112 – Programming Q’s Part 2
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This is a two part series, answering programming questions from the gram fam. In the previous episode, we covered the following questions:
So go back and listen to that if you missed it. I did order these somewhat in a sequential manner. So we started with assessments and things of that sort. Now we are getting into training protocol, muscle groups, frequency and so on.
Alrighty, let’s get started with programming part two:
Best strength training protocol
I am not aware if there is a BEST strength protocol according to literature.
But some tried and true methods for strength are wave loading, and Wendler 5.3.1.
A lot of 1:1 programs look similar, is it wrong if two look the same? similar?
In short. No. It is very normal for 1:1 programs to have similar structure.
With time, you’ll figure out what leads to successful outcomes. You’ll repeat parts of this in multiple programs. If you use 10-20 exercises, there will be a similar use of exercises and structures.
As long as it fits the goals, assessments, and accessibility of the client, you’re good.
How often to train given muscle groups?/How often to hit the same muscle groups
Generally speaking minimum of 5-7 days between hitting the same movements and or muscle groups.
Put simply, we need enough to to recover between lifts but not so long that we aren’t experiencing progressive overload.
With that, think of weekly vs daily volume as well. You can destroy a muscle group in one sitting and wait 5-7 days to touch it again, or train multiple sessions per week with less destruction. Remember soreness is not a prerequisite for muscle growth.
Mechanical tension is your main pusher of hypertrophy. So hitting a muscle group every 3-7 days should allow you to progress and recover from mechanical tension.
There is no finite answer to this.
Generally speaking, every 5-7 days at minimum.
Should you always test workouts before programming for a client?
No. But also, I think this is far more important when you’re a young coach or interning. There is truth to practicing what you preach in a literal sense. I know what my BBA clients feel like when they perform high volume, oxidative squats because I’ve done them. I know what it feels like to pair hip thrusts with Bulgarian split squats or do cardiac power output intervals because I’ve done them.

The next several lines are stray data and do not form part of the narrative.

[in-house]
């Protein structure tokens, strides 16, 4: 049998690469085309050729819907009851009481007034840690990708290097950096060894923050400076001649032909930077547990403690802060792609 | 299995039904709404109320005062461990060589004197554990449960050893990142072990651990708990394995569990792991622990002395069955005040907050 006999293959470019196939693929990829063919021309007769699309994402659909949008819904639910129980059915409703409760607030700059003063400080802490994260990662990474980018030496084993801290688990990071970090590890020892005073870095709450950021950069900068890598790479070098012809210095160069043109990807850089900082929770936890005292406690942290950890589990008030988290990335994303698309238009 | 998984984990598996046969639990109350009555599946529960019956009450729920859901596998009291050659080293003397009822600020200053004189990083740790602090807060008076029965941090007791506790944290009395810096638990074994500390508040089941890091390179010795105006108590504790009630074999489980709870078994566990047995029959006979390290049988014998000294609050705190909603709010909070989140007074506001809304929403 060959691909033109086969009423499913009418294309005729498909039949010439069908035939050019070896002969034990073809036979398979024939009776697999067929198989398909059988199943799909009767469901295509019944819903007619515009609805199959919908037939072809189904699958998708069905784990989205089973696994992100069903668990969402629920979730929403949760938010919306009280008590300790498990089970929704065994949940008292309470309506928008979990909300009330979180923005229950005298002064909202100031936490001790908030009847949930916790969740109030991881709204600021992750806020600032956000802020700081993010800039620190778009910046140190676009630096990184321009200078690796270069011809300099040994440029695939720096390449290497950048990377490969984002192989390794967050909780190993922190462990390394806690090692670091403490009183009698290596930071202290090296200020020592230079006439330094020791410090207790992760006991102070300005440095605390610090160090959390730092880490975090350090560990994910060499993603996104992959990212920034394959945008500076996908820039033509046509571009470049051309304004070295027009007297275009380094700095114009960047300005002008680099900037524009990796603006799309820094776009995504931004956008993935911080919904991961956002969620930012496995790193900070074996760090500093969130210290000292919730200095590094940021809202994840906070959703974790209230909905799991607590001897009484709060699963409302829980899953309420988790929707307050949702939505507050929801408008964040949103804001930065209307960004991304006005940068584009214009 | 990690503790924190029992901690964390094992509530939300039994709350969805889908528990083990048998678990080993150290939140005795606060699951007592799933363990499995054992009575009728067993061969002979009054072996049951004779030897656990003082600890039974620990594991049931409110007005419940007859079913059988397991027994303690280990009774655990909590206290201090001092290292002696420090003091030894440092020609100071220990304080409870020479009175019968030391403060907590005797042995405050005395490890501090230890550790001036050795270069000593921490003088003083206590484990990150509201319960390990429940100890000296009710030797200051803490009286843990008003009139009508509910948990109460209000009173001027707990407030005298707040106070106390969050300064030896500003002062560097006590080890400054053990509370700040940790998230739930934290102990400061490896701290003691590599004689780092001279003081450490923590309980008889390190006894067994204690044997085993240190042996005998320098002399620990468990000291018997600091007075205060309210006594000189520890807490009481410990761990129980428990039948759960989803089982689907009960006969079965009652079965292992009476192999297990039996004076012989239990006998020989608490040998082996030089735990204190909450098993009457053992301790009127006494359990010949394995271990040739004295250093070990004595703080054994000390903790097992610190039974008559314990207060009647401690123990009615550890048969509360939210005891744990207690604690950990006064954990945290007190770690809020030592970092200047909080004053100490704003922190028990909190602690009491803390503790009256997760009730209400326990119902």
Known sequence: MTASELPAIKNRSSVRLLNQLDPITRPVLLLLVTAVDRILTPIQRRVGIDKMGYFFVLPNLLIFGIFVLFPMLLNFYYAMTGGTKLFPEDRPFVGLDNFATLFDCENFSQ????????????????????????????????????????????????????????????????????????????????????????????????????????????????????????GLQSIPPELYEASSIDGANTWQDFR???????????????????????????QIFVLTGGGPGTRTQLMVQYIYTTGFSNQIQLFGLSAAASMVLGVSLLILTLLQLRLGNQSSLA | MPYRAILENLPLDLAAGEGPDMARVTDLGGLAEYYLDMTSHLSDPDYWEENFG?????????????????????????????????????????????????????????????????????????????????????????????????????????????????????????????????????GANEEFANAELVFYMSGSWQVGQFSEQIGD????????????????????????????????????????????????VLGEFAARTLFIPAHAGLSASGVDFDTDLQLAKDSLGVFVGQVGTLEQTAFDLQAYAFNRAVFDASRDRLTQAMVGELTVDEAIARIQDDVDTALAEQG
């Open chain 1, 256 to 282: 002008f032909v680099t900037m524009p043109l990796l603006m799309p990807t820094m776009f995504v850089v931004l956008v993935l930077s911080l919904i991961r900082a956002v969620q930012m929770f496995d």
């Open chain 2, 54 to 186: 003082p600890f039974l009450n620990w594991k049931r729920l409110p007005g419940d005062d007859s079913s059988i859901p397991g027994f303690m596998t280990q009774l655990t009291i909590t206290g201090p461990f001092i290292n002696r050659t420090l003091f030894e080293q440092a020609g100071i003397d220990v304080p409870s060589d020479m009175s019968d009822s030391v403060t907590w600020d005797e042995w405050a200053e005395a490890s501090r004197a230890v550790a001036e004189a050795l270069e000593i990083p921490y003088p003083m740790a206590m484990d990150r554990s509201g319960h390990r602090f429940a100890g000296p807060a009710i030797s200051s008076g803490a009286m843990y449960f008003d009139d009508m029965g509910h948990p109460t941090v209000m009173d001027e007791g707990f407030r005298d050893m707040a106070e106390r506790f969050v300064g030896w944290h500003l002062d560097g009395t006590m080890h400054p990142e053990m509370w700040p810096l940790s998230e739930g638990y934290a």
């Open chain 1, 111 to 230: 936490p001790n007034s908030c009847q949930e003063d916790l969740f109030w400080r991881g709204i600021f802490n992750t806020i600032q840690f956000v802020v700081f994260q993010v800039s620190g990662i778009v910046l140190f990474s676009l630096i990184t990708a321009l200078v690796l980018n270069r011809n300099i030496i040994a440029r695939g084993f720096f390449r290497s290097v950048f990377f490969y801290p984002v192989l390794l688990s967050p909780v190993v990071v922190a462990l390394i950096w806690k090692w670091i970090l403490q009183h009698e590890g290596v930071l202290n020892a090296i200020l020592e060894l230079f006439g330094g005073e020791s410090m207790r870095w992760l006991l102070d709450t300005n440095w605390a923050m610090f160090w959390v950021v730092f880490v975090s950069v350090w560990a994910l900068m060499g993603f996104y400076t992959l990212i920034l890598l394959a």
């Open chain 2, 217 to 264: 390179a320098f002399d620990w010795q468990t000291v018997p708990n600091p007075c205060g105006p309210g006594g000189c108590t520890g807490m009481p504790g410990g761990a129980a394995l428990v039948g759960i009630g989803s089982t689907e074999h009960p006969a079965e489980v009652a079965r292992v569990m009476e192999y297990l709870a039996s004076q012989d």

With that, I’ve not done every BBA lift, right?
I’ve experienced and researched segments.
But when you’re starting I think it’s wildly beneficial to try your programming out.
Things can slip by you like having a horizontal pulling day after a deadlift day. The spinal erectors can be a huge limiting factor here. I know because I’ve made this mistake.
All you can think about on bench and horizontal pulling is how freaking fatigued your erectors, and maybe even your grip, are.
Been there. Trying your own sets and reps or exercise pairings is a fantastic way to learn. Though I do not at all think you need to try every program before you send it out. Absolutely not.
How do you go about choosing specific movements over others when they work the same muscles?
This comes very much so down to preference. Of you as the programmer and that of the client if it’s 1:1.
I’m 100% open to having a client choose a different exercise if it gets the job done and gives the same stimulus I was going for.
Some considerations to make – and this is why having a basic understanding of anatomy and physiology is so important – is if the exercises are actually a similar stimulus or if they just work the same muscle.
Take the RDL and Hamstring curl vs a pull up and lat pull down.
Hamstrings are both worked in an RDL and hamstring curl. But what’s the difference in those two exercises?
One is prioritizing stress in the hamstrings as it LENGTHENS (RDL) and the other is prioritizing the SHORTENING contraction of the hamstring.
How can we see this?
Where is the fulcrum? Or pulley located? What joint does the action take place at?
With an RDL, it’s the hips.
With the curl, it’s the knee.
This is in a very long way around, how I decide on what exercises to choose when looking at the same muscle group.